South African Court Affirms Refugees’ Right to Self-Employment

While previously guaranteed the right to seek employment, refugees and asylum-seekers in South Africa now have the right to apply for and renew permits for their own businesses

Betsy L. Fisher

In September the South African Supreme Court of Appeals affirmed the right of refugees to work and to open businesses in South Africa, indicating its willingness to offer protection to asylum-seekers in response to state-sanctioned xenophobia present in the country during the last several years. Previously, in 2012, police in Limpopo coordinated a government crackdown in which officers shut down businesses operating without permits and confiscated property. Police targeted foreigners, particularly Somali and Ethiopian refugees.

In 2013, refugees repeatedly tried to obtain permits to operate their businesses without fear of police reprisal. Refugees were told to apply for permits through their landlords. Police then closed the businesses and confiscated property stating that business permits had to be in refugees’ own names. A lower court decision affirmed the government’s action, saying local governments were not compelled to issue business permits to refugees.

In Somali Association of South Africa, et al., v. Limpopo Department of Economic Development, Environment, and Tourism, Judge Navsa overturned the lower court’s ruling and held that, because refugees might be left destitute without the opportunity to open businesses, refugees have the right to open businesses in South Africa.

In doing so, the Court drew support from Articles 17(1) and (18) of the 1951 Refugee Convention, which clearly favor giving refugees the right to work and self-employment, but falls short of demanding that a State must allow refugees to work. The Court therefore grounded its holding in municipal law. Section 27(f) of South Africa’s Refugees Act of 1988 indicates that refugees are entitled to seek employment. Additionally, Section 10 of South Africa’s Constitution guarantees the right to human dignity.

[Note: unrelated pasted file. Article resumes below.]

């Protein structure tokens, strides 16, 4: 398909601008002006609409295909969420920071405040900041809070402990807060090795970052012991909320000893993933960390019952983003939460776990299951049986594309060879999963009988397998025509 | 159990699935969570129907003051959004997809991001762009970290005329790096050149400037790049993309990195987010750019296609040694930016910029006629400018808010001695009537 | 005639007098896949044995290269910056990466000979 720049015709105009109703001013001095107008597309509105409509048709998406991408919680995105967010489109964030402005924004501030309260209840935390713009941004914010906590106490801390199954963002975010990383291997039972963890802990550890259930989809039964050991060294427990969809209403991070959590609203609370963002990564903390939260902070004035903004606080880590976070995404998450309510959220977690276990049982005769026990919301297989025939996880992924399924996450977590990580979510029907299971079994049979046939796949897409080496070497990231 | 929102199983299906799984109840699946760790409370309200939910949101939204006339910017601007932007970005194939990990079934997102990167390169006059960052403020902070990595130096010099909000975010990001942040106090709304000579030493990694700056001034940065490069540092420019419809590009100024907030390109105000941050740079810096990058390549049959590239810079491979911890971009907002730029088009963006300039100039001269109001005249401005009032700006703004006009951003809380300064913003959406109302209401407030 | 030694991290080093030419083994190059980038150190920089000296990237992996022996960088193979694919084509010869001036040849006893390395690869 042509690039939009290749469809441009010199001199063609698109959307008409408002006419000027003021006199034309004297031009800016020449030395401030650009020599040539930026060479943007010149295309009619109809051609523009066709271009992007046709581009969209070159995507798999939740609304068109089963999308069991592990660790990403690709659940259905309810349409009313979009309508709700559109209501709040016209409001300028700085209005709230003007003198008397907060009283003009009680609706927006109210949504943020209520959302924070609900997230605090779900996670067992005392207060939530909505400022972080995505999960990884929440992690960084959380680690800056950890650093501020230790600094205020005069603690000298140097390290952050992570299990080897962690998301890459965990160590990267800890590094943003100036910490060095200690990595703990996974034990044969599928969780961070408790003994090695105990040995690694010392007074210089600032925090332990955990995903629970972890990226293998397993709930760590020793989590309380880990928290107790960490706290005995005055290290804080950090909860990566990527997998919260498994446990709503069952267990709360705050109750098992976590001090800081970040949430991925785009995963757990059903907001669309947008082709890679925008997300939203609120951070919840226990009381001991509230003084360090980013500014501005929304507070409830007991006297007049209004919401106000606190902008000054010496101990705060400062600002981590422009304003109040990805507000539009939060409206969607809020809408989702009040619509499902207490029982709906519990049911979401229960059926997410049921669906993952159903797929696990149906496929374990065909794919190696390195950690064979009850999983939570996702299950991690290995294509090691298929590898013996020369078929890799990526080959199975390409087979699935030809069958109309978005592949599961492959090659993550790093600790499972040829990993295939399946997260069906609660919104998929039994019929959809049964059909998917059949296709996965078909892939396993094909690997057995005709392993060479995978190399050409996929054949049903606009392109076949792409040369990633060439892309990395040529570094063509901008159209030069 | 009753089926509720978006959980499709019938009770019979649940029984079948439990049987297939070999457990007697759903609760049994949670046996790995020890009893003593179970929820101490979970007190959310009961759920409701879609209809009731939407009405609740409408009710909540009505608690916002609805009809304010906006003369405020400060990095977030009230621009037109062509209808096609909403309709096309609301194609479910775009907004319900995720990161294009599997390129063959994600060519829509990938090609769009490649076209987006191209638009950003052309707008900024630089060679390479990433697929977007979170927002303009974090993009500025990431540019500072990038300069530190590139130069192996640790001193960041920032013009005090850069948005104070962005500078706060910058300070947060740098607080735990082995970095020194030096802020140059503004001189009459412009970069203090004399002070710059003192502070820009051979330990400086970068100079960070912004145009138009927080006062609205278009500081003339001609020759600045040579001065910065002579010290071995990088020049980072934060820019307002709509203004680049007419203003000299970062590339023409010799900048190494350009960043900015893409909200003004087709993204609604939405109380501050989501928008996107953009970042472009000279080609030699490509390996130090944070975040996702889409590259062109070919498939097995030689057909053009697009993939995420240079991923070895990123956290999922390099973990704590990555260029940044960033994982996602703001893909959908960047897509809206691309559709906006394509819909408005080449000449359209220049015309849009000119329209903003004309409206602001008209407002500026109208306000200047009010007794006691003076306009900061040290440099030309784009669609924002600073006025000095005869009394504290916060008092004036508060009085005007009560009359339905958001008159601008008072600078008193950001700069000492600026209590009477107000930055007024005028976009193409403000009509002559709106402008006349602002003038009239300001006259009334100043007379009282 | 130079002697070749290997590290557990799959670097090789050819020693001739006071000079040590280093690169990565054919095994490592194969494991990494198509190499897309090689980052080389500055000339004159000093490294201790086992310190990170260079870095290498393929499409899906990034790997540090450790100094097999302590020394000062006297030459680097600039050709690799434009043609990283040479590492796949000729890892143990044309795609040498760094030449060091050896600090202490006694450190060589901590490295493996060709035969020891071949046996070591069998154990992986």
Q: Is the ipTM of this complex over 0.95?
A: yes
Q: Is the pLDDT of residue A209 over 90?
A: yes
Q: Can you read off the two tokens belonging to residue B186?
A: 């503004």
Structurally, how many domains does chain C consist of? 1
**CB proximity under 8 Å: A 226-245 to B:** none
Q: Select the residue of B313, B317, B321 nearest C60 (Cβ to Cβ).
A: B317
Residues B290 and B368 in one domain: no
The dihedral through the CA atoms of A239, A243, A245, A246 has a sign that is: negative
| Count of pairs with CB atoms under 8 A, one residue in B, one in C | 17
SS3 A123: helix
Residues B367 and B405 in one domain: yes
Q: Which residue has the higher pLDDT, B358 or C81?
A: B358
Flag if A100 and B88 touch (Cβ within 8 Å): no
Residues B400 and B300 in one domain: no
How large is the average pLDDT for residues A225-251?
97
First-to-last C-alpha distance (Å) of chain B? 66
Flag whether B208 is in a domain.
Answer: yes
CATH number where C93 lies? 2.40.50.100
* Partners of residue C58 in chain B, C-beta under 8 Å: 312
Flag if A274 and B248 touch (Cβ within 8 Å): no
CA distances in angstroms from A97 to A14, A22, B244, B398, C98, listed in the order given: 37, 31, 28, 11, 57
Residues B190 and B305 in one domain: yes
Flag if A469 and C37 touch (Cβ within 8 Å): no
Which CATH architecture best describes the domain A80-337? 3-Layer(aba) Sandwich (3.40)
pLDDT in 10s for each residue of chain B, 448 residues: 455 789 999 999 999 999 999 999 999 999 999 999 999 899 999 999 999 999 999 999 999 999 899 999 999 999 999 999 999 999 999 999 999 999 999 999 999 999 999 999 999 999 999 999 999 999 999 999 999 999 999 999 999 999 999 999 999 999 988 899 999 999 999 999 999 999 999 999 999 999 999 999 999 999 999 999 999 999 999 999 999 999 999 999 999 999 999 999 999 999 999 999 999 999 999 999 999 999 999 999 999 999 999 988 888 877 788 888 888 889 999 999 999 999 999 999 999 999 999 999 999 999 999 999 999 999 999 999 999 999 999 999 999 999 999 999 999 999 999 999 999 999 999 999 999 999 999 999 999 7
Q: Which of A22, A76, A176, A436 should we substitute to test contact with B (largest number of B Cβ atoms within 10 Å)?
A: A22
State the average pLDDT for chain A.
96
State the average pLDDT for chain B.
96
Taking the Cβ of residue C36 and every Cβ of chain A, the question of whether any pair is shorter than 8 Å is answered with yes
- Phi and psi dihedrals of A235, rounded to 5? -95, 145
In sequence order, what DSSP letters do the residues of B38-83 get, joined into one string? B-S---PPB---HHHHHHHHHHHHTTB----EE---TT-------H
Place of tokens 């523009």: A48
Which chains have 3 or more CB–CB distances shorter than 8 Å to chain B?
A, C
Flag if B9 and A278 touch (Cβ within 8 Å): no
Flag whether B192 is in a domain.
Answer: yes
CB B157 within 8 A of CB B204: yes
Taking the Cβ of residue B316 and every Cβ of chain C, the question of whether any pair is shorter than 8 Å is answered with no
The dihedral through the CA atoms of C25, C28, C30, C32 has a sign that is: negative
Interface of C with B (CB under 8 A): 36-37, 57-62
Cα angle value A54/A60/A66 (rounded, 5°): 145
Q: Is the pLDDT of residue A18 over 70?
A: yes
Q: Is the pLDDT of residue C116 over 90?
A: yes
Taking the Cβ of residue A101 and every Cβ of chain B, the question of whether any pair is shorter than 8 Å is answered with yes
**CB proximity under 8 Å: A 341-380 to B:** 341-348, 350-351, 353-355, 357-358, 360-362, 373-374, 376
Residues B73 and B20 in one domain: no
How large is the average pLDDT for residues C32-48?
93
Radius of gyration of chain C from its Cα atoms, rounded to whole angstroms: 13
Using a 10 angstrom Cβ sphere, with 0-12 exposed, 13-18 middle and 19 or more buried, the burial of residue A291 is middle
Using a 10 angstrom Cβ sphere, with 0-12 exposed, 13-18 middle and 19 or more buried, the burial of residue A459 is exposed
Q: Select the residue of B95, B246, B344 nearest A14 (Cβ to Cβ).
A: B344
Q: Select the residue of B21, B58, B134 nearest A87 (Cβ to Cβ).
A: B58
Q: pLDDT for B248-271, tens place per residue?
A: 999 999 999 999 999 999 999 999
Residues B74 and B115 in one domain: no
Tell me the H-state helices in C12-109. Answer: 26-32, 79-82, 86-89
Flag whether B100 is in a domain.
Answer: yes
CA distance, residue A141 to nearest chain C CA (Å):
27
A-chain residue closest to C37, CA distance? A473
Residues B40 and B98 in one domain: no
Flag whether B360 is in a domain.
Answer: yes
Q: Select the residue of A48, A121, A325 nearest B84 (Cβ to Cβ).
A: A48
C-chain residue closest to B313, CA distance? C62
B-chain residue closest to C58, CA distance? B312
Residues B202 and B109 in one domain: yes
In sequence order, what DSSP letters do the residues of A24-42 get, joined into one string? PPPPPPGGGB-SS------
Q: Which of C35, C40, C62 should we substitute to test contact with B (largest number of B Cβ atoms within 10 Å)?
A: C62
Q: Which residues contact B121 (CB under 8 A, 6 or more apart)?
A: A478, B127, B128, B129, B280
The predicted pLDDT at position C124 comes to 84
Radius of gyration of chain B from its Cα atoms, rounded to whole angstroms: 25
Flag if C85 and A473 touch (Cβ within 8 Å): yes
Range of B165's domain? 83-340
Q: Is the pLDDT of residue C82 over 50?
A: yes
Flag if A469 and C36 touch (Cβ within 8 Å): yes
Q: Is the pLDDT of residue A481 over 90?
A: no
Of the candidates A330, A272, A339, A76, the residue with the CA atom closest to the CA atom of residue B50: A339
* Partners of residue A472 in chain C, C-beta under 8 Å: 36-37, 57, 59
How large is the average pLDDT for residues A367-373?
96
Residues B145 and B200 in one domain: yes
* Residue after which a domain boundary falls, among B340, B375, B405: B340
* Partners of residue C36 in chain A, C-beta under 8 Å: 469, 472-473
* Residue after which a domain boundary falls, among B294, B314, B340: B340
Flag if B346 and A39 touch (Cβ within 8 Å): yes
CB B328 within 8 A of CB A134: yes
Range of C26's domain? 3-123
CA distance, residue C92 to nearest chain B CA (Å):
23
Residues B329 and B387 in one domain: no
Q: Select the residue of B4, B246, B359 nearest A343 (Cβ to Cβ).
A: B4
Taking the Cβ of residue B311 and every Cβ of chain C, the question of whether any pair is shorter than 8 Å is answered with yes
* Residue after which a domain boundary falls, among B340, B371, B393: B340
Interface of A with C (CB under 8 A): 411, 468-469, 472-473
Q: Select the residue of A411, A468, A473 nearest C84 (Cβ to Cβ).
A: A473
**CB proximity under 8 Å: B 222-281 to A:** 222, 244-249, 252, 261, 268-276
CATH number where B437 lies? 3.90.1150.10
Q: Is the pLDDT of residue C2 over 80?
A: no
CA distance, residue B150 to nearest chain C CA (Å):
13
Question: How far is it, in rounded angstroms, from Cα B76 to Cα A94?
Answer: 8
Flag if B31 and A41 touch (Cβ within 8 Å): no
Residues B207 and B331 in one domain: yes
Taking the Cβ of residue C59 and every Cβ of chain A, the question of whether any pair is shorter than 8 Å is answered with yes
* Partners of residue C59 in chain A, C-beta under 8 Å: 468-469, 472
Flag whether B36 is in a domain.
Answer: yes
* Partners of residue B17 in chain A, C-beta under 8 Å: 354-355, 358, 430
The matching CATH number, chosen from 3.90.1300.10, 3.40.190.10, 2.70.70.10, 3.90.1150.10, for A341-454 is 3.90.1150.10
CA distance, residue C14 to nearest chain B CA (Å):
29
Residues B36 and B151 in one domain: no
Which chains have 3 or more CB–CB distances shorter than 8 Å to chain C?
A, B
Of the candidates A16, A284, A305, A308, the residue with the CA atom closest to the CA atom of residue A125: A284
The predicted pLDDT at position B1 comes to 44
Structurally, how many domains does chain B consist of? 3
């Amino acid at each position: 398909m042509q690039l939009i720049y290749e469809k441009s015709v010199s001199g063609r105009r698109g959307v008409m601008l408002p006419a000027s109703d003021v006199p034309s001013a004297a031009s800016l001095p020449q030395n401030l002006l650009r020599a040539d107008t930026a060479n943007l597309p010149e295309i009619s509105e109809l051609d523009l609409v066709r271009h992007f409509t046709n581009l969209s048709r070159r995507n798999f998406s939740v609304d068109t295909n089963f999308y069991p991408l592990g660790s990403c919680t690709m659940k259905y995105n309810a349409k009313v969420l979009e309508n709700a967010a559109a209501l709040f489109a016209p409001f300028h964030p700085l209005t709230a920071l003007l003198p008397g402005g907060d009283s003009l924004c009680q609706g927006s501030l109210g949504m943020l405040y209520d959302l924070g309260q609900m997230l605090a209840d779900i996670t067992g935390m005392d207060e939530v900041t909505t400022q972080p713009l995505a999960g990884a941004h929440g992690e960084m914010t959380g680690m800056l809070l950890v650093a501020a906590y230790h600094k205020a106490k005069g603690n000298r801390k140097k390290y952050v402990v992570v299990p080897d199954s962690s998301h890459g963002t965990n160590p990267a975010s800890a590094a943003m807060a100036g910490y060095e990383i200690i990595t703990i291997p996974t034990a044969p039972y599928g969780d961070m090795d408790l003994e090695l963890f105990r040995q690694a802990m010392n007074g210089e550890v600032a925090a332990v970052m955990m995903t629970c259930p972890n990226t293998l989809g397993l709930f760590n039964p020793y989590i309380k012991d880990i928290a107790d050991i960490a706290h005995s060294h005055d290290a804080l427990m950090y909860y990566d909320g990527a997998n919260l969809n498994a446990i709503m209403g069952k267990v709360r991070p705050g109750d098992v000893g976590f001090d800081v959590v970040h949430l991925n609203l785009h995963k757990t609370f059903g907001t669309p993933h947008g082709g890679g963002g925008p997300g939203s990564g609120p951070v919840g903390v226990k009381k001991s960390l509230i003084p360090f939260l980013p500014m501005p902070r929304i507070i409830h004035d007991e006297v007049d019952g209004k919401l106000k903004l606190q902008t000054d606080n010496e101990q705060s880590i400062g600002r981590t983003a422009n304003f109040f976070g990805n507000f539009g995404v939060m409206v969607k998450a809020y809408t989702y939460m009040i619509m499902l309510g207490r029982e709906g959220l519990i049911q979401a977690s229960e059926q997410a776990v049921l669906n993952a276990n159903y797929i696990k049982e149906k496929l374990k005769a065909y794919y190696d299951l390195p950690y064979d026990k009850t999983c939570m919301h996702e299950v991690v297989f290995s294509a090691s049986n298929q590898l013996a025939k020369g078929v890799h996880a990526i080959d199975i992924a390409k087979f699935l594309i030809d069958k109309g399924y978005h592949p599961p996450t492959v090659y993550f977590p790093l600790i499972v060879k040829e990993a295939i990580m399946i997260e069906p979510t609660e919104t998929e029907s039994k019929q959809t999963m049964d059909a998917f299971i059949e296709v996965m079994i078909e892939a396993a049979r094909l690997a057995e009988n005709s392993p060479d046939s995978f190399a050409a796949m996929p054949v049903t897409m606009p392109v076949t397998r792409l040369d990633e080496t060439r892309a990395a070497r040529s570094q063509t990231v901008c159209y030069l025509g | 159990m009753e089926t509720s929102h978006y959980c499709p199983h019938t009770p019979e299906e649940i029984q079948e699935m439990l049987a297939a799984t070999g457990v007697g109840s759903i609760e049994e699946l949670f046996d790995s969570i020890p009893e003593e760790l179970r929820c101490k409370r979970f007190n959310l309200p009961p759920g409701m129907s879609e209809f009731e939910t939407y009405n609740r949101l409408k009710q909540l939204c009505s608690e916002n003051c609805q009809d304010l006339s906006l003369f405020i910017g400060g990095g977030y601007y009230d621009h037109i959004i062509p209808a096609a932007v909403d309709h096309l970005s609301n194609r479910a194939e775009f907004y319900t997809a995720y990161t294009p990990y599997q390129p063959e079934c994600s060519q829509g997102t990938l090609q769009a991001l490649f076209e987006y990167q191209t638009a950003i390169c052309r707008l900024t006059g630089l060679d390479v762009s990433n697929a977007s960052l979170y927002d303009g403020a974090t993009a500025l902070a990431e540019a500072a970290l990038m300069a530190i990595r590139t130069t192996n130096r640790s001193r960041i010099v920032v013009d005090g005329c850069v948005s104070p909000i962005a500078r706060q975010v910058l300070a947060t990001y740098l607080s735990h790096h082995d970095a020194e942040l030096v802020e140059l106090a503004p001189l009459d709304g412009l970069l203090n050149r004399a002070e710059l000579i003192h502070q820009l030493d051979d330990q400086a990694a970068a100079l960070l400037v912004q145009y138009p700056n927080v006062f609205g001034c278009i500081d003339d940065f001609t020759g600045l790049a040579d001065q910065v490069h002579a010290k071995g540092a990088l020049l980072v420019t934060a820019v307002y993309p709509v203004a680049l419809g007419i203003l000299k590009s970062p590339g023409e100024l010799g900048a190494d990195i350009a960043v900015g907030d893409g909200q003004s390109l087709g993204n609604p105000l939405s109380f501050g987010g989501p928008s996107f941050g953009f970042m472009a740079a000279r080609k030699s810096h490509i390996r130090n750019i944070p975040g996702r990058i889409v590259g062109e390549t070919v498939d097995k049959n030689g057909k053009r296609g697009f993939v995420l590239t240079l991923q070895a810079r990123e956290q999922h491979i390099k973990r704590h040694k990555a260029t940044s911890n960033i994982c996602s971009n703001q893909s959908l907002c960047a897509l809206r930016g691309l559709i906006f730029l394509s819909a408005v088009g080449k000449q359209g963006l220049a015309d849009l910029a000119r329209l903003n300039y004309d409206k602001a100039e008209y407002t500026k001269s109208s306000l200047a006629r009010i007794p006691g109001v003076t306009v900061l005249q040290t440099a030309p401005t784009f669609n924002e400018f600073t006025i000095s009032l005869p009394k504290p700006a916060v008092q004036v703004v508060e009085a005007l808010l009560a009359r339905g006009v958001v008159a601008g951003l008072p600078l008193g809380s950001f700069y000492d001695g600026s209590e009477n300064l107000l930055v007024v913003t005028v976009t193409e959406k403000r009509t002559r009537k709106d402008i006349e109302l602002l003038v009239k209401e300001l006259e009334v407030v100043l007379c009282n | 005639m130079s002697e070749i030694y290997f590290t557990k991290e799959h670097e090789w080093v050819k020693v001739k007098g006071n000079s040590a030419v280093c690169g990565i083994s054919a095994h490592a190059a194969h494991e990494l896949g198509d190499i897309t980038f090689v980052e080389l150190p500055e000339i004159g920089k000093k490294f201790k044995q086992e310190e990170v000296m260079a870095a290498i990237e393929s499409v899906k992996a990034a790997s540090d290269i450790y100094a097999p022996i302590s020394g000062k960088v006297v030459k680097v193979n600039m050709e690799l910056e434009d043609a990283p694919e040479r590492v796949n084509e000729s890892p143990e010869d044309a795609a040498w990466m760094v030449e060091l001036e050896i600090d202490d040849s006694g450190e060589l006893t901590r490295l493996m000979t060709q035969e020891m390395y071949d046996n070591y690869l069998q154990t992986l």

The Court’s precedent in Watchenuka held that the constitutional right to human dignity required that refugees be given the right to seek employment. In Somali Association, the Court extended this logic to require that refugees be allowed to open new businesses: “[I]f… a refugee or asylum seeker is unable to obtain wage-earning employment and is on the brink of starvation, which brings with it humiliation and degradation, and that person can only sustain him or herself by engaging in trade, such a person ought to be able to rely on the constitutional right to dignity in order to advance a case for the granting of a license to trade…” As a result of these two decisions, refugees and asylum-seekers in South Africa now have the right to apply for and renew business permits and licenses. It is unlawful for the government to close permitted businesses or confiscate property.

But the judge did not stop with legal observations, further noting that “one is left with the uneasy feeling that the stance adopted by the authorities in relation to the licensing of … shops was in order to induce foreign nationals who were destitute to leave our shores.” The Court’s decision should go some length to ensure that “destitute” refugees can live in dignity in South Africa.

Betsy L. Fisher, J.D., University of Michigan Law School and M.A., University of Michigan Center for Middle Eastern and North African Studies, is a former Fellow in Michigan Law’s Program for Refugee and Asylum Law. She is currently an Overseas Legal Fellow with the Iraqi Refugee Assistance Project.

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